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Moving Through Paradigm Shift

Richard C. Harvey

Submitted in partial fulfillment

of the requirements for the degree of

Doctor of Professional Studies

in Computing

School of Computer Science and Information Systems
Pace University
August 2004

1. Problem Statement
Change Happens! Organizations routinely deal with obvious changes such as application upgrades, advances in hardware capacity and invention of tools that can be assimilated; but, most businesses don’t plan for paradigm shifts. One such change is the shift from “paper based” processing to electronic processing. This shift is not just putting electronic documents into graphical form that can be displayed on a computer monitor. It includes a fundamental change in thinking (a paradigm shift) in the way that data is accumulated, processed, stored and archived.
This paper will analyze the paradigm shift of moving from paper based processing to electronic processing. First surveying the literature covering both paradigm shift and conversions from paper based processing, the goal of this paper is to identify a plan for moving through a paradigm shift in an environment where this change is not perceived to be of primary or immediate concern. In other words, how an organization can recognize a paradigm shift and how to anticipate and encourage it through “back burner” procedures, rather than a primary project.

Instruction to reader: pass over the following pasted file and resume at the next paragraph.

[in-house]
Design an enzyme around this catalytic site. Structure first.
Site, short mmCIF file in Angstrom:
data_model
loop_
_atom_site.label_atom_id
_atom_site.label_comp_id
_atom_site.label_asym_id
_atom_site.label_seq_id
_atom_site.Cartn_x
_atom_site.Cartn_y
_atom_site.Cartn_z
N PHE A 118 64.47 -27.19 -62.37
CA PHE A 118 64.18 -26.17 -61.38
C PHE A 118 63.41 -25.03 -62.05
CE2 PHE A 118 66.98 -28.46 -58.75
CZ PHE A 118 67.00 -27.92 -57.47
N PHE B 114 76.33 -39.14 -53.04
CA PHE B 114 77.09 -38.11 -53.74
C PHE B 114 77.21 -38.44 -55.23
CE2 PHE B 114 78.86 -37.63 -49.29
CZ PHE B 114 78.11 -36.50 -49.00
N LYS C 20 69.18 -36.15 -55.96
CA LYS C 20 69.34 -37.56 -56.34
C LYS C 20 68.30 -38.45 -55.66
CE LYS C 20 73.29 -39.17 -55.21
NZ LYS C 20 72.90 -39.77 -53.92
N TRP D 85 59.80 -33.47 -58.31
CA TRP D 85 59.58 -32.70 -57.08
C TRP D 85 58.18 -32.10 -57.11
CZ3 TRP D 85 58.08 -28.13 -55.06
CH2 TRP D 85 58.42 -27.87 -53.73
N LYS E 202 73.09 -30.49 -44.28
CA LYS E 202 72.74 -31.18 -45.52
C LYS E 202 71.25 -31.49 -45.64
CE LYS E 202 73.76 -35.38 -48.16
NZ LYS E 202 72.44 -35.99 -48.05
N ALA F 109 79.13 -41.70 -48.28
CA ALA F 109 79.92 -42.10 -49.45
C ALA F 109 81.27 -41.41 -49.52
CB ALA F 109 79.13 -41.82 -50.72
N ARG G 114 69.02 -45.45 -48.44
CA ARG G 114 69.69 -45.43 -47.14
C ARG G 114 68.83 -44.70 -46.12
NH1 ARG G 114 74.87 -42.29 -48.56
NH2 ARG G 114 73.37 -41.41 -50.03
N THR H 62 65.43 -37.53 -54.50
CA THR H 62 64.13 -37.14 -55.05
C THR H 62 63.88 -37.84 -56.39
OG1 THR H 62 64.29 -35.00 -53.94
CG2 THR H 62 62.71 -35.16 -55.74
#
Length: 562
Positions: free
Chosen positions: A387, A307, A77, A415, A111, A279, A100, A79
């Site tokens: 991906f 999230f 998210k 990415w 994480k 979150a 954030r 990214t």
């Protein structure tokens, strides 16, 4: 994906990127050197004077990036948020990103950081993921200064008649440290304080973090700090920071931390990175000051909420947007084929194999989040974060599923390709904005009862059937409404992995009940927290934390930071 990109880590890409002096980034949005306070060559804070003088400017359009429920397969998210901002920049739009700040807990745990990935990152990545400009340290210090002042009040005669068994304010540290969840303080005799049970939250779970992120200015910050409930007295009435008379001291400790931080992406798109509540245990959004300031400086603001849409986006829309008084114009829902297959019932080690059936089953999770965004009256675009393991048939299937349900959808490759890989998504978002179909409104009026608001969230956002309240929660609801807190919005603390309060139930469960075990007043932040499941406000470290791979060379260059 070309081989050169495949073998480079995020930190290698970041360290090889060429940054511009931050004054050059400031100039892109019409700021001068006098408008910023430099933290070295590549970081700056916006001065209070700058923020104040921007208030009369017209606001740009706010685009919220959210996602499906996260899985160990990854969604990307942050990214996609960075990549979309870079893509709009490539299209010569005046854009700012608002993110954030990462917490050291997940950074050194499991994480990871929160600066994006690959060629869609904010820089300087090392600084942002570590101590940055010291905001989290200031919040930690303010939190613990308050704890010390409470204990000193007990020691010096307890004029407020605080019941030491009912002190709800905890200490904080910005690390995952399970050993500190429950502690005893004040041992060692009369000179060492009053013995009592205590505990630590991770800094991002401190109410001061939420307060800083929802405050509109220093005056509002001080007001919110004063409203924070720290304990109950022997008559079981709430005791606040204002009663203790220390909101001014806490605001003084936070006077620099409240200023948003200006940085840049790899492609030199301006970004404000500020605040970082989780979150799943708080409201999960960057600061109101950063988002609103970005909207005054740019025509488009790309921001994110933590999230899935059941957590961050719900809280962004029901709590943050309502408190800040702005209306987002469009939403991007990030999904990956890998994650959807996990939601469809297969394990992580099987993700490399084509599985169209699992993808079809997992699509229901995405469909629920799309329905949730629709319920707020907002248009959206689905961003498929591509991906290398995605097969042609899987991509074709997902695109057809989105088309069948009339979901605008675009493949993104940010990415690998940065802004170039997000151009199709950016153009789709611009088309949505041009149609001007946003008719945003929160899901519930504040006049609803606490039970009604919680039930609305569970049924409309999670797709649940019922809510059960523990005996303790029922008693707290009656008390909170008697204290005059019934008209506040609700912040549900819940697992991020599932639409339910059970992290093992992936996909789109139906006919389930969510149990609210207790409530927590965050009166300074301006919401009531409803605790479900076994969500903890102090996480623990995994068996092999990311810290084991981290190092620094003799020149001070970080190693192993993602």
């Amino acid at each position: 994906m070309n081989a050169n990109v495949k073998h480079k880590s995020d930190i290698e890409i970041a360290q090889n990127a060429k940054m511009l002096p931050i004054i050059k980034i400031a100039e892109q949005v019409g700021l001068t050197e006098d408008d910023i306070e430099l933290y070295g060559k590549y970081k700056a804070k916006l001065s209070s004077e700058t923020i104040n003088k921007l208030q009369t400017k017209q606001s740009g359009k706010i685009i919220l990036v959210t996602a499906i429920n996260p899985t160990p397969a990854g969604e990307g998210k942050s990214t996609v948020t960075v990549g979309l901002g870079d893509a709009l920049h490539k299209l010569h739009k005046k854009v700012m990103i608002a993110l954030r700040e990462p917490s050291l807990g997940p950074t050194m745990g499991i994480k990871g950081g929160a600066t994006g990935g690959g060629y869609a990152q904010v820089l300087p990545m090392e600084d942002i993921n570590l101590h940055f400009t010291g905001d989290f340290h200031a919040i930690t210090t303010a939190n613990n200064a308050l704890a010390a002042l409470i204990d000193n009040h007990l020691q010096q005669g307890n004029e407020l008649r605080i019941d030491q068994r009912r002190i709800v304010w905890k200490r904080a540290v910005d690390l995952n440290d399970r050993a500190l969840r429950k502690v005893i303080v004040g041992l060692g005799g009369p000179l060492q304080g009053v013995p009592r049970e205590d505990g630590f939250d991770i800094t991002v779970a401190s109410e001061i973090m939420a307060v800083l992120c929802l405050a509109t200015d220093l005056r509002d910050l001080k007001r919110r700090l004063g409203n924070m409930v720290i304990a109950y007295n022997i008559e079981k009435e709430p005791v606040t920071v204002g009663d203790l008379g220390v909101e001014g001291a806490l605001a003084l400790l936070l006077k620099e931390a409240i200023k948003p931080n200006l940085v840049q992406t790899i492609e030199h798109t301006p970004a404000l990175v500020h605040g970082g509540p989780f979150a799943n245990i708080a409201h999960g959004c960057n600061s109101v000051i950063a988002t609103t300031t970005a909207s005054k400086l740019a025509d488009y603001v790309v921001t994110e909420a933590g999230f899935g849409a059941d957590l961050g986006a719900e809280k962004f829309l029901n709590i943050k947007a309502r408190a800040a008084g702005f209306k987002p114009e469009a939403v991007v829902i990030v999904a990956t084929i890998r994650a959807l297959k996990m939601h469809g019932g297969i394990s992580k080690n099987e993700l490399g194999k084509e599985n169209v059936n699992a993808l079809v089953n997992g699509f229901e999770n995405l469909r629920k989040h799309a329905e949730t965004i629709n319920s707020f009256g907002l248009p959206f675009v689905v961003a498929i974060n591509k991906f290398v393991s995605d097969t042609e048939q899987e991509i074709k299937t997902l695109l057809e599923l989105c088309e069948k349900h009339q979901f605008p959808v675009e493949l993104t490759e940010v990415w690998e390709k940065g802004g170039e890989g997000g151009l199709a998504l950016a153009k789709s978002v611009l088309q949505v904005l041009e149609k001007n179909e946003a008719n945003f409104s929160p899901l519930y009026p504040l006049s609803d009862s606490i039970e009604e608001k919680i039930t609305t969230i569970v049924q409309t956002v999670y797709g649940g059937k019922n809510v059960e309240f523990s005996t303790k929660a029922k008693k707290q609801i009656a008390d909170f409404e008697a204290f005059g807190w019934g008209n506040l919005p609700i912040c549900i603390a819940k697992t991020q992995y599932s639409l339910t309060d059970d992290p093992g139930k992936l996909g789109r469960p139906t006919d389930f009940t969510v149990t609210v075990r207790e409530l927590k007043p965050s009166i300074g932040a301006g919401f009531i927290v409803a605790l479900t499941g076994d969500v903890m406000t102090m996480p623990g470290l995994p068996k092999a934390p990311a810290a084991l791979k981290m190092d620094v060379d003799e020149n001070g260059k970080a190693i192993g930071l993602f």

The Research Question is: How can an organization become “Change Proficient” in the area of paradigm shifts?

2. Relevance and Significance of the Research
This paper will examine the changes that must take place in order to eliminate paper based processing and substitute electronic documents. It will examine processes such as data gathering, signatures, process flow, database use, data weeding and archiving. In the process, it will examine the use of digital signatures as a tool of routine use as well as signing of important documents. Design issues will be examined specifically the looking at issues such as how to store data so that it can be easily identified and deleted when it is no longer relevant. It will also consider the long term issues of technology change over time. Paper documents that are over one hundred years old are easily readable and useful. Electronic documents archived by mainframe computers are often useless if an organizations has transformed themselves into a PC based network environment. With this in mind, issues of data archiving so that the data can be easily retrieved 100 years from now will be considered.